OFF THE WALL: Ran into the
owner of Painted Pieces, the company whose artists painted
the new, very large mural of faceless people dining at Off
The Wall, the fine dining establishment that’s . . .
well, on Wall Street. Unlike her mural, she had eyes and a
The mural at Off The Wall by Painted Pieces quietly raises
the question: how do you eat their fine food without a mouth?
SUMMER LUNCH: Through August, NYIT’s
de Seversky Center offers lunch every Wednesday, Thursday
and Friday. For full menu and reservations, call 516 686-1249.
Seatings at noon and 12:30 p.m. Wednesday: $13 pp; Thursday
and Friday: $15 pp; tax, service and beverage additional.
CULINARY CAPITAL: We’ve proclaimed
Huntington Township as the culinary capital of Long Island.
Now, as well traveled Foodies, we recognize hyperbole when
we utter it. However, if you eliminate the Hamptons, our area
competes with or surpasses any other place on Long Island
for fine, innovative cuisine and exciting restaurant choices.
Yes, Great Neck, Glen Cove, Oyster Bay,
and Jericho, you ain’t seen nothing till you’ve
dined Huntington. Forget the south shore, it’s all happening
here. And what’s new? Here ya go, 10 new choices this
year – all less than 7 miles from our offices –
see ya there!
Wild Fin 631-549-5757, 368 New York Ave, Huntington
Besito 631-549-0100, 402 New York Ave, Huntington
Mansion at the Woodlands 516-921-5707, 1 Southwoods
Sweet Basil Fusion 631-499-1828, 6500 Jericho Tpke, Commack
F.H. Riley’s 631-271-7600, 400 New York Ave, Huntington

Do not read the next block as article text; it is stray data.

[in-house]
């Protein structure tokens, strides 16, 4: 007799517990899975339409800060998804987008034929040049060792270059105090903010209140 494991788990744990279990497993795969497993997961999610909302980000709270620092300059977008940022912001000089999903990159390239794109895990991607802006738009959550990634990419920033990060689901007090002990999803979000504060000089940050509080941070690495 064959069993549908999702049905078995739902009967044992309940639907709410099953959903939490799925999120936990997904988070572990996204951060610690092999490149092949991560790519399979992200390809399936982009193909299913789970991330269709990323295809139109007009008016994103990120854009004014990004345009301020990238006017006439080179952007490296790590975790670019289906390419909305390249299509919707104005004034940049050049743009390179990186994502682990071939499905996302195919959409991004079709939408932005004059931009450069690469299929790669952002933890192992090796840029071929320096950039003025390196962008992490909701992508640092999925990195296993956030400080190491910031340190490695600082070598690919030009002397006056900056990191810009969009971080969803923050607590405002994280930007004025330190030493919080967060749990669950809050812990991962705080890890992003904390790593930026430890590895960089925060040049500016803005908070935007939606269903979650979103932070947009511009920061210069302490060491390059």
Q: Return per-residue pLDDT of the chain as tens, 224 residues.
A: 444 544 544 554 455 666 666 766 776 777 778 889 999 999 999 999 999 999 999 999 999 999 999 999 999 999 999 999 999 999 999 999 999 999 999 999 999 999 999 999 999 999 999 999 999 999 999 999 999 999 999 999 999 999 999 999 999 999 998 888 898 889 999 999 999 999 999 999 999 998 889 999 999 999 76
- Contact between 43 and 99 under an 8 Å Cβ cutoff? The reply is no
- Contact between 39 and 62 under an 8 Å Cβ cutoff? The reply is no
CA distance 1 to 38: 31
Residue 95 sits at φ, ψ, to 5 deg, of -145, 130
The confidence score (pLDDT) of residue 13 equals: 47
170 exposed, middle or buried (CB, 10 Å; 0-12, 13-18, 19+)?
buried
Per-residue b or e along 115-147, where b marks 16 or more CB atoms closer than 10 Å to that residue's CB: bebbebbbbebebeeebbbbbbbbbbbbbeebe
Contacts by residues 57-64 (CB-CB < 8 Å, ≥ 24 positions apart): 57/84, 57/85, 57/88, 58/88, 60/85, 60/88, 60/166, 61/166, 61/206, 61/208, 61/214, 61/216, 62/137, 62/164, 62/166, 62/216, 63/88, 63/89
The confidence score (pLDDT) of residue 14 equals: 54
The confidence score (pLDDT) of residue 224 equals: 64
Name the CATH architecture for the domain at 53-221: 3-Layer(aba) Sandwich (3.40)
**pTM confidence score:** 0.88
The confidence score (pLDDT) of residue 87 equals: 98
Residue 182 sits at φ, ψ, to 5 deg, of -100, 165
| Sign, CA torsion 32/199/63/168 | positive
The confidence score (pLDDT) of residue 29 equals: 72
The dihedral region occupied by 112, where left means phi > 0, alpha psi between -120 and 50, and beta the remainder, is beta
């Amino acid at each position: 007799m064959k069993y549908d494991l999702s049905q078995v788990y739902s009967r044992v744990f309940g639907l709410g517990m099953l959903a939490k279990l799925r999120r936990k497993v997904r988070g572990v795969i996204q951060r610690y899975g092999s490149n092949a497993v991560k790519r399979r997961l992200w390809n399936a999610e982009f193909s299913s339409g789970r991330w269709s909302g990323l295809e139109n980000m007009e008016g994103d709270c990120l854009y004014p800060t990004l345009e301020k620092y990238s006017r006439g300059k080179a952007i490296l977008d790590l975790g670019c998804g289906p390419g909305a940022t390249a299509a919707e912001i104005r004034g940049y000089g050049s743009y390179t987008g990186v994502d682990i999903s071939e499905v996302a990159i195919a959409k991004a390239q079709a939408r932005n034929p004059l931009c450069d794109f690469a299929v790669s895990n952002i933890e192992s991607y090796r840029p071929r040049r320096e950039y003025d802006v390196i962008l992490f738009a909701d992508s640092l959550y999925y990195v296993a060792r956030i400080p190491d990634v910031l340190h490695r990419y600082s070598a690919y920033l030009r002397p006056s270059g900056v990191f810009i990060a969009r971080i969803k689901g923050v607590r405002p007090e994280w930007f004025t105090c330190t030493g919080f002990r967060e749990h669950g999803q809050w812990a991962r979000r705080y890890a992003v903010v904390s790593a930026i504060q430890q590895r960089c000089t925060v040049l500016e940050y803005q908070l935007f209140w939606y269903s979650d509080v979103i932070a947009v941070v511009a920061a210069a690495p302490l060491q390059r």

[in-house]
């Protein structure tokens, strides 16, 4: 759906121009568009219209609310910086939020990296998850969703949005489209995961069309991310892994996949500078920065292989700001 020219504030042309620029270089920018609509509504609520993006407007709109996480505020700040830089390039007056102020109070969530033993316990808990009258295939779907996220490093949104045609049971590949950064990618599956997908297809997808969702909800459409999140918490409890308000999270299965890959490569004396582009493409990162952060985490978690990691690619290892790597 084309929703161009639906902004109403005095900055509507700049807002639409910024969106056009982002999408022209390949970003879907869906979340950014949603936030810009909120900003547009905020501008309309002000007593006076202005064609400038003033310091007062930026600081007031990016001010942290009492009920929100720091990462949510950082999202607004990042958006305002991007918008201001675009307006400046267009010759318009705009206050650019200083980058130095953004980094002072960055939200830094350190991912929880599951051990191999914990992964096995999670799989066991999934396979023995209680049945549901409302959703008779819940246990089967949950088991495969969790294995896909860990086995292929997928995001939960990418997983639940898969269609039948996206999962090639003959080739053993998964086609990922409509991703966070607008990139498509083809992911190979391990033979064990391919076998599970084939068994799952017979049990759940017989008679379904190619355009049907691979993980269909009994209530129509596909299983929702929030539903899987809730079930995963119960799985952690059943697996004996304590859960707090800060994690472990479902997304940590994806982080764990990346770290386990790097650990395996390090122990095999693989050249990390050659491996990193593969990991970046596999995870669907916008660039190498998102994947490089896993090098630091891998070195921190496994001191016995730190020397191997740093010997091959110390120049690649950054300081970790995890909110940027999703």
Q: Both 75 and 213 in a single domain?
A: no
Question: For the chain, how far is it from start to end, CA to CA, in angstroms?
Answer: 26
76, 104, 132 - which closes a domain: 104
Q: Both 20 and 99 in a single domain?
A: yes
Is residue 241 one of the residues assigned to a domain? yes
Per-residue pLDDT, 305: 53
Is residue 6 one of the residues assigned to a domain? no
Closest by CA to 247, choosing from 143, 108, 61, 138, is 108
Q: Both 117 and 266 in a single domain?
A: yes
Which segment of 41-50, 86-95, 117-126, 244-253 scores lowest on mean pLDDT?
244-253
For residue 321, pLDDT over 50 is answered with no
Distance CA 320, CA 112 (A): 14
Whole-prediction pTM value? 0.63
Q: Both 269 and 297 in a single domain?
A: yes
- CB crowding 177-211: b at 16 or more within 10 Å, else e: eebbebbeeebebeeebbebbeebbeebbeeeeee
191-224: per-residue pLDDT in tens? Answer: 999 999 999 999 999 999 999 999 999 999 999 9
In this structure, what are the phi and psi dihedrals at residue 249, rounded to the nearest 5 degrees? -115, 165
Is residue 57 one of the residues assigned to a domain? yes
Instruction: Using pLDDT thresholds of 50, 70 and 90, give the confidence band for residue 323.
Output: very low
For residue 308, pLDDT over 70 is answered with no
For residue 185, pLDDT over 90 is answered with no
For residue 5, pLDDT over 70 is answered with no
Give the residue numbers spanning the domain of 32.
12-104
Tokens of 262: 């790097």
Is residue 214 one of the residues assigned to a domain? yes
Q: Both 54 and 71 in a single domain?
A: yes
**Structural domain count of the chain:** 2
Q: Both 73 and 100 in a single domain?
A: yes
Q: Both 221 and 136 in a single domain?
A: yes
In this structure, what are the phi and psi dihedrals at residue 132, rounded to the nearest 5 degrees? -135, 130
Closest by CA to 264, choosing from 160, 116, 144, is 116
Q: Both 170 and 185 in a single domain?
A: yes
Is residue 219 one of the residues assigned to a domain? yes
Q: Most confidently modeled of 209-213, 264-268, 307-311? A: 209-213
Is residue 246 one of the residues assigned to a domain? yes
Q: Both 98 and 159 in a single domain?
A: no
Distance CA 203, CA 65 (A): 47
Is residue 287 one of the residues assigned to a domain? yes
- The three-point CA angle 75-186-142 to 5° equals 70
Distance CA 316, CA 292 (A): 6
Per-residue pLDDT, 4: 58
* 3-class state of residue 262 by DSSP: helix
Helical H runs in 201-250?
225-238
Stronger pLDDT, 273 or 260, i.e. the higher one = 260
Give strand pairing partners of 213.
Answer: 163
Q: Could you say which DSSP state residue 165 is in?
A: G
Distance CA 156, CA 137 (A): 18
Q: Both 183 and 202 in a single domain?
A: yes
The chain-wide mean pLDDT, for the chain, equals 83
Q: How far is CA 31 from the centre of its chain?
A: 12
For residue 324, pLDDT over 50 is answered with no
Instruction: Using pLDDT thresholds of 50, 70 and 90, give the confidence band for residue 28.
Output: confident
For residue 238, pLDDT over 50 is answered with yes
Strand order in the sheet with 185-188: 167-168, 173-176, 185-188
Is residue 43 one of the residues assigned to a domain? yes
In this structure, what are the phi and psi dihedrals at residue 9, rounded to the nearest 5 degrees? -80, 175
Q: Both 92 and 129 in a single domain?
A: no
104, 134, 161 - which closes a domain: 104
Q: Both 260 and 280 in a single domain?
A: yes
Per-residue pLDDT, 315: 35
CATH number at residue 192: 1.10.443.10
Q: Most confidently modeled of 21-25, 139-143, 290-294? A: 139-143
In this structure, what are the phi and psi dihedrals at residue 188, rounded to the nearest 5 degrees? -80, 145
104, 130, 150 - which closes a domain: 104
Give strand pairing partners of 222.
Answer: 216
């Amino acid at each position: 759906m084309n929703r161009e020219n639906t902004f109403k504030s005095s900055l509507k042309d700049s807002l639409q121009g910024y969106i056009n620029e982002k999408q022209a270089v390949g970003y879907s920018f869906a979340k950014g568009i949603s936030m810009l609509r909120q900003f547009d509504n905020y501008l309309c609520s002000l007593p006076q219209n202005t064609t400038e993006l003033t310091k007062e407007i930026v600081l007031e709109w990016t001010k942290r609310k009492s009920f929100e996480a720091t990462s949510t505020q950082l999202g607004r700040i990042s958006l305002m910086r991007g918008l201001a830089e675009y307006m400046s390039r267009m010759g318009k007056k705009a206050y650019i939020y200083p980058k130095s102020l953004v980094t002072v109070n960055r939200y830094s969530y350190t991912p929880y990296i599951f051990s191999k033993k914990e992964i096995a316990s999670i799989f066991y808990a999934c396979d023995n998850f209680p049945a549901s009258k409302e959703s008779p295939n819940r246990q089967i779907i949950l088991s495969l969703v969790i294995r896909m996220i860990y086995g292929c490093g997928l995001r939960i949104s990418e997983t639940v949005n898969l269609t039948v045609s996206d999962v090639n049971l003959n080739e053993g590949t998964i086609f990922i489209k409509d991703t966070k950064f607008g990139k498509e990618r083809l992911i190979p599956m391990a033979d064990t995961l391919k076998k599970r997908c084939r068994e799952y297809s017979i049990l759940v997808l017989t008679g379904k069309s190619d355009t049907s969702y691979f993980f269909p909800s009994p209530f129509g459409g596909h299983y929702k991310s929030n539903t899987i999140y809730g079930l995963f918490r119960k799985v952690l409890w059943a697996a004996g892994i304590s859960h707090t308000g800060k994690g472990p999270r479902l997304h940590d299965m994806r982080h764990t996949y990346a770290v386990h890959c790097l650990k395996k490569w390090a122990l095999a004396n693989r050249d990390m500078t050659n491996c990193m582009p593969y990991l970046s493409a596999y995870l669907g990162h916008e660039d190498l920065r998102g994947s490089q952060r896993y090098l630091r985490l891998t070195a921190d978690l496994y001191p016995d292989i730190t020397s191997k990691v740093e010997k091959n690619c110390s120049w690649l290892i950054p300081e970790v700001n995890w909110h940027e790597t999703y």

Four Food Studio & Cocktail Salon 631-577-4444, 515
Broadhollow Rd, Melville
Jackson’s 631-462-0822, 6005 Jericho Tpke, Commack
Hog House Barbecue 631-271-4200, 200 Jericho Tpke, Huntington
Sweet Mama’s 631-261-6262, 9 Alsace Pl, Northport
Fulton & Prime 516-921-1690, 352 Jericho Tpke, Syosset
SUSHI: Sushi, that so typical and wonderful Japanese
food that has taken our country by storm, has a history
going back to prehistoric times but its origin is not found
in Japan. Sushi is mentioned for the first time in literature
in China at the end of the 2nd century A.D. It is believed
that sushi was introduced into Japan in about the 7th century
A.D. Originally, a method of preserving fish by fermentation
prior to refrigeration, salt and rice. Eventually rice was
rarely used in China and sushi itself disappeared. Japan a
small island nation fed its large population from the sea
and its rice fields developing its cuisine by geographical
imperatives. The combination of raw fish and rice that seemed
so exotic to foreigners, is a supremely logical food in Japan.
It wasn’t until the eighteenth century that a clever
chef named Yohei decided to forego the fermentation and serve
sushi in something resembling its present form.
YAKITTY YAK: NYC Mayor Mike Bloomberg may
be a man of the world but he doesn’t know his Yak cheese.
Yup, the billionaire Mayor was no foodie when he attended
a ribbon cutting for a Brooklyn Fairway Supermarket –
the newest in the group that you know from Plainview. Running
through a list of foods that were available at the new food
emporium, he said 350 types of cheese. Fairway Exec Howard
Glickberg interrupted — “Eight hundred.”
And Bloomberg was told the rarest was “yak cheese from
Nepal.” And according to the NYPost’s David Seifman,
when Bloomberg was asked if he knew anything about the delicacy
he said: “I’m told mayors should never admit they
don’t know anything, but the truth of the matter is,
I did not.” So a chunk was passed around, prompting
Senator Chuck Schumer’s assessment: “Tastes like
Gouda.,” the Post reported.
Send news of the food world to Foodie@LongIslandernews.com